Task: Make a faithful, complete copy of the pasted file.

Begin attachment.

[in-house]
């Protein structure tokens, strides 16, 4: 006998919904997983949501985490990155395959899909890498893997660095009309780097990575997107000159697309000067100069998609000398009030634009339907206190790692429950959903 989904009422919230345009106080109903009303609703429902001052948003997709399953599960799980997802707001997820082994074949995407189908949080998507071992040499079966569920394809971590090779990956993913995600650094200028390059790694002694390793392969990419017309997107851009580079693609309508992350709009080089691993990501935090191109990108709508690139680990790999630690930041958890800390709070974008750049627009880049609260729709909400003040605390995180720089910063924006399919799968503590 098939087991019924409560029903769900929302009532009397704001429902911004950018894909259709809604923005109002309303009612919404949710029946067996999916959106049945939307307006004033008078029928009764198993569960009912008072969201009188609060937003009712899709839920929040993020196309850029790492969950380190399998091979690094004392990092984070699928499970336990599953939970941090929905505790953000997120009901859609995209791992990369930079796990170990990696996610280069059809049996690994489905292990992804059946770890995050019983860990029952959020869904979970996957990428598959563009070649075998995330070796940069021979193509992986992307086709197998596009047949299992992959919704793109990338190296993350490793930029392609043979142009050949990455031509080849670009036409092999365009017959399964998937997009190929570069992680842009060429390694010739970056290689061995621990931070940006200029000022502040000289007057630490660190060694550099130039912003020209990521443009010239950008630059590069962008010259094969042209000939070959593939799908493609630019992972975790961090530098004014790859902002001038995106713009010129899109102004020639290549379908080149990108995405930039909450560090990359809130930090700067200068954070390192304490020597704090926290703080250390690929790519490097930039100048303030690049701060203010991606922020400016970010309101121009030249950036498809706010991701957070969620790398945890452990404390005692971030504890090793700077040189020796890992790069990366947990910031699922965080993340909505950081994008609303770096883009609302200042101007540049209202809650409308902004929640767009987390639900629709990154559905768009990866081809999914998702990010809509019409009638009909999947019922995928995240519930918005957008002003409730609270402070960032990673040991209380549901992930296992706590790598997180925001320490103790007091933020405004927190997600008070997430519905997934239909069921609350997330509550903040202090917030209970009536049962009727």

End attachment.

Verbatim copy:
[in-house]
């Protein structure tokens, strides 16, 4: 006998919904997983949501985490990155395959899909890498893997660095009309780097990575997107000159697309000067100069998609000398009030634009339907206190790692429950959903 989904009422919230345009106080109903009303609703429902001052948003997709399953599960799980997802707001997820082994074949995407189908949080998507071992040499079966569920394809971590090779990956993913995600650094200028390059790694002694390793392969990419017309997107851009580079693609309508992350709009080089691993990501935090191109990108709508690139680990790999630690930041958890800390709070974008750049627009880049609260729709909400003040605390995180720089910063924006399919799968503590 098939087991019924409560029903769900929302009532009397704001429902911004950018894909259709809604923005109002309303009612919404949710029946067996999916959106049945939307307006004033008078029928009764198993569960009912008072969201009188609060937003009712899709839920929040993020196309850029790492969950380190399998091979690094004392990092984070699928499970336990599953939970941090929905505790953000997120009901859609995209791992990369930079796990170990990696996610280069059809049996690994489905292990992804059946770890995050019983860990029952959020869904979970996957990428598959563009070649075998995330070796940069021979193509992986992307086709197998596009047949299992992959919704793109990338190296993350490793930029392609043979142009050949990455031509080849670009036409092999365009017959399964998937997009190929570069992680842009060429390694010739970056290689061995621990931070940006200029000022502040000289007057630490660190060694550099130039912003020209990521443009010239950008630059590069962008010259094969042209000939070959593939799908493609630019992972975790961090530098004014790859902002001038995106713009010129899109102004020639290549379908080149990108995405930039909450560090990359809130930090700067200068954070390192304490020597704090926290703080250390690929790519490097930039100048303030690049701060203010991606922020400016970010309101121009030249950036498809706010991701957070969620790398945890452990404390005692971030504890090793700077040189020796890992790069990366947990910031699922965080993340909505950081994008609303770096883009609302200042101007540049209202809650409308902004929640767009987390639900629709990154559905768009990866081809999914998702990010809509019409009638009909999947019922995928995240519930918005957008002003409730609270402070960032990673040991209380549901992930296992706590790598997180925001320490103790007091933020405004927190997600008070997430519905997934239909069921609350997330509550903040202090917030209970009536049962009727």